The Clear Creek route is Mt. Shasta’s easiest route to the top. That being said, “Casual day syndrome” can lead one off course and into steeper, glaciated, and/or rock fall prone terrain. The climb starts at the Clear Creek trail head beneath towering old growth Red Fir. The hike gains elevation along the ridge above the cavernous Mud Creek Canyon. Some fault the route for its loose ash, scree and gravel surface during the summer and fall. We consider it reason to take your time, and to enjoy the scenery and geology. As you climb, you'll enjoy views of the Konwakiton Glacier and Mud Creek Canyon, Wintun Glacier and a huge expanse of California. Ample camping options and spring water are available at 8,600 feet. Please camp at least 200 feet from the spring head and creek and do not step on the fragile plant ecosystem. The beautiful foliage only has a short season to do its thing! The lower 75% of the route is a moderate hike. The last portion of the route turns into easy climbing. A rock bulge blocks the ride top and encourages the climber to traverse up and to the right, skirting along the top of the southern corner of the Wintun snowfield. This route offers fantastic views of Mt. Lassen, Konwonkiton Glacier, Mud Creek Canyon, and the Wintun Glacier. It’s a long climb, so start early. It may not test your technical skills, but it will test your stamina. Those of strong mind and body can do the Clear Creek route in a day, but most should plan a delightful two, or even three day trip.
This trailhead is CLOSED for the season. You may still access the Mt Shasta Wilderness, however your summit pass and wilderness permit must be obtained from either the Mt Shasta or McCloud Ranger station. Early season snow storms can bring ample amounts of new snow to low elevations. Travel on roads at your own risk. Always check the weather before you attempt to climb Mt Shasta. The road to the Clear Creek trailhead is a rough one. A few smaller passenger cars have been getting stuck in the "moon dust"... extremely loose, powdery dirt. A 4wd is recommended. Drive at your own risk. Summit passes, wilderness permits, and pack-out bags are available.
The Clear Creek route is almost entirely free of snow. People always ask, should I bring crampons, ice axe and a helmet still? Our answer... Yes. We have no way of judging your skill, nor do we know that you'll stay on the route. Small sections of snow may be encountered this time of year up higher on the mountain and/or if you become off route.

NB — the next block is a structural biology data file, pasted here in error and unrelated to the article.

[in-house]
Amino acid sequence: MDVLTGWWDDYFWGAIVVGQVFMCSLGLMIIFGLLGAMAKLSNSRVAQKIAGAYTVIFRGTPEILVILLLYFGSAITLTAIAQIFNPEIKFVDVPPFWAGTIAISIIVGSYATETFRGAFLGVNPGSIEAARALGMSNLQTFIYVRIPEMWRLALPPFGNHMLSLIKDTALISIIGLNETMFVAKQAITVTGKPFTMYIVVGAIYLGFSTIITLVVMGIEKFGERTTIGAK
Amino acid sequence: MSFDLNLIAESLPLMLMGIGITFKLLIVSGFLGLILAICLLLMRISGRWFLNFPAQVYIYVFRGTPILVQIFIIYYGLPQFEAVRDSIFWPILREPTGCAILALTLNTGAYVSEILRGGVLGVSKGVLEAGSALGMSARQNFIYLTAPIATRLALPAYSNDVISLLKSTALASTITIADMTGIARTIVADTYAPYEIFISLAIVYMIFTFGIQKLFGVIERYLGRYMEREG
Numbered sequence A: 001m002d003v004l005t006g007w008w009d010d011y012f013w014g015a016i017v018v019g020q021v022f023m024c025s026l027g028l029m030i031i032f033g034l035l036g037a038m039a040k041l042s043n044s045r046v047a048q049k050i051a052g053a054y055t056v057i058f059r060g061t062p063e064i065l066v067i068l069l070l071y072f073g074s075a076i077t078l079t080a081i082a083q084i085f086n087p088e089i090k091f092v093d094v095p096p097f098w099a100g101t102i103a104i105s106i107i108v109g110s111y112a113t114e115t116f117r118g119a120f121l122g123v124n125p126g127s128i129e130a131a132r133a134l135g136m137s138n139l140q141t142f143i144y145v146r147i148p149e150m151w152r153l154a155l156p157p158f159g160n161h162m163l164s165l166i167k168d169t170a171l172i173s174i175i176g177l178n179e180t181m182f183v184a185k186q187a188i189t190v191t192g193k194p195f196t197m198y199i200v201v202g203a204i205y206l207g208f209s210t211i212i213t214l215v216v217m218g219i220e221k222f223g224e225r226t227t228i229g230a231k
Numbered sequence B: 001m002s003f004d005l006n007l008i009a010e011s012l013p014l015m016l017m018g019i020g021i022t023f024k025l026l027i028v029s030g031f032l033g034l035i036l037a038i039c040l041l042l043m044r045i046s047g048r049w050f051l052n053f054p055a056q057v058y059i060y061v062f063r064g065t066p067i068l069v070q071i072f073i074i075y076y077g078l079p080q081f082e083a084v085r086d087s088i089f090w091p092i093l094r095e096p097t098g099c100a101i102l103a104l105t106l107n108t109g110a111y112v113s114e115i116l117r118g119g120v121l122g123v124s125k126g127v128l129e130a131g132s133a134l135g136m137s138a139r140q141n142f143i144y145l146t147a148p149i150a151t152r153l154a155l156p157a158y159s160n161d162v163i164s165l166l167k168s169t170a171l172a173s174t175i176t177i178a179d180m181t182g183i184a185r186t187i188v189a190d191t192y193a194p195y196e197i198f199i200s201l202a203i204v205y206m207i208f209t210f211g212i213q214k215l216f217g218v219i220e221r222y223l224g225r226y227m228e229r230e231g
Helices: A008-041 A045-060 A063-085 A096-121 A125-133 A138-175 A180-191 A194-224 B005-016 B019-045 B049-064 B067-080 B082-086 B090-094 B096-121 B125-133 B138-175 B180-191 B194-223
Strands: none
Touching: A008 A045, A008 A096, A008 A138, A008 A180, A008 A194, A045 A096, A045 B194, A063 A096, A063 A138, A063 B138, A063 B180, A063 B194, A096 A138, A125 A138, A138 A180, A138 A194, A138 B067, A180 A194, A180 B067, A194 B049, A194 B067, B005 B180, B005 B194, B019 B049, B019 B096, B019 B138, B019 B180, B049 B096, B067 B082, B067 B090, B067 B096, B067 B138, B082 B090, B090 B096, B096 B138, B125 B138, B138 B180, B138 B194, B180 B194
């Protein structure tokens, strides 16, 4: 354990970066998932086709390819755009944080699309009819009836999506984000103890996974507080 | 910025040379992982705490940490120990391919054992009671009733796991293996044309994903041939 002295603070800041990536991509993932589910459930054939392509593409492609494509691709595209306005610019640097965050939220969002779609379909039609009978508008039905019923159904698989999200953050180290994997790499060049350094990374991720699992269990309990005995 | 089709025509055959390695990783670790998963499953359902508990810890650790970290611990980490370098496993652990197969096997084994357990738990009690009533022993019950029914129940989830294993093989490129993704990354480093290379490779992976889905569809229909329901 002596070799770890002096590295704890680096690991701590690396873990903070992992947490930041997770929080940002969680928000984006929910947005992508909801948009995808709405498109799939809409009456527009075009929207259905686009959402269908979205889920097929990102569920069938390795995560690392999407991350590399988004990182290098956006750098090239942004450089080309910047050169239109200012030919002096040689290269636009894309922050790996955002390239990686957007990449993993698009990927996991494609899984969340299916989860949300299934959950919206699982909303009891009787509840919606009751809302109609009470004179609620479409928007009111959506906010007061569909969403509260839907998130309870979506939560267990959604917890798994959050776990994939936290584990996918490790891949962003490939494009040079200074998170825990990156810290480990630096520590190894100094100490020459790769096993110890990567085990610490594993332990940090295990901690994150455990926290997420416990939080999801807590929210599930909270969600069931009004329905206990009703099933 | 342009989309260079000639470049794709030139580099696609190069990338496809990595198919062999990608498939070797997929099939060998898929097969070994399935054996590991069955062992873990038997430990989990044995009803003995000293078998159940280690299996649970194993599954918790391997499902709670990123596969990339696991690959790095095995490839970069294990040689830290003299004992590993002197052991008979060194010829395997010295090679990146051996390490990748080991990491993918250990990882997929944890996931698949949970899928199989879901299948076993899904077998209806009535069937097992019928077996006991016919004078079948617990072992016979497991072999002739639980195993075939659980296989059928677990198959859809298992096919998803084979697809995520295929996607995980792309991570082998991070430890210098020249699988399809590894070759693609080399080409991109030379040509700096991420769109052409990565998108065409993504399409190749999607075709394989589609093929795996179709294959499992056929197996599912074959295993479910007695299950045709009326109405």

This route usually melts out fairly quickly. It is a long, loose scree climb at this point. Bring a map and compass/GPS and know where you are going. If off route, one will encounter Mud Creek Canyon, glaciers and much more dangerous conditions. We like to stress that even though the CC route is listed as the easiest route on the mountain, do not take it lightly and be prepared. A fatality occured on July 4th this year on this route due to a slip and fall into rock. Don't get "casual day" syndrome! The traverse above the Wintun Glacier to the Summit Plateau is the "crux" of the climb, (if you rule out simply the long, loose nature of the climb itself)! Rockfall has been encountered here. An ice axe, crampons and helmet are recommend for this route even though you may not need them. Advice that these items are not needed has gotten folks into trouble in the past. IF you stay on route however and are comfortable with the possibility of some low to moderate angle travel on potentially firm snow, you may not need ice axe/crampons. User beware.
Snow slopes on Mt Shasta now terminate into rock. Consequences are drastically increased with a slip and fall on such a slope. Be careful and pay attention.
Since summer is in full swing thunder cells often build up in the afternoons many days. Do NOT climb into a white-out/thunder cell. Many climbers have become lost on the upper mountain and descended the wrong side of the mountain during low visibility conditions.
The springs are a great spot to get water. Tread lightly in this area please! The fragile plants only have a few month to grow and your big boot can easily kill them! If you choose to camp elsewhere, you'll be melting snow for water.
Please, DO NOT camp near the springs and STAY OFF the fragile vegetation when it melts out. Rangers take this very seriously and you will be issued a citation if camping to close. Camp at least 100 feet away from any water source. PROTECT the fragile mountain ecosystem by treading lightly! YES, your single, big 'ole' boot footprint, or lack thereof, can make a difference. Multiply one foot step by thousands and understand that the place you love and enjoy can be destroyed if we don't pay attention to our actions.
Note the dates on some of the photos.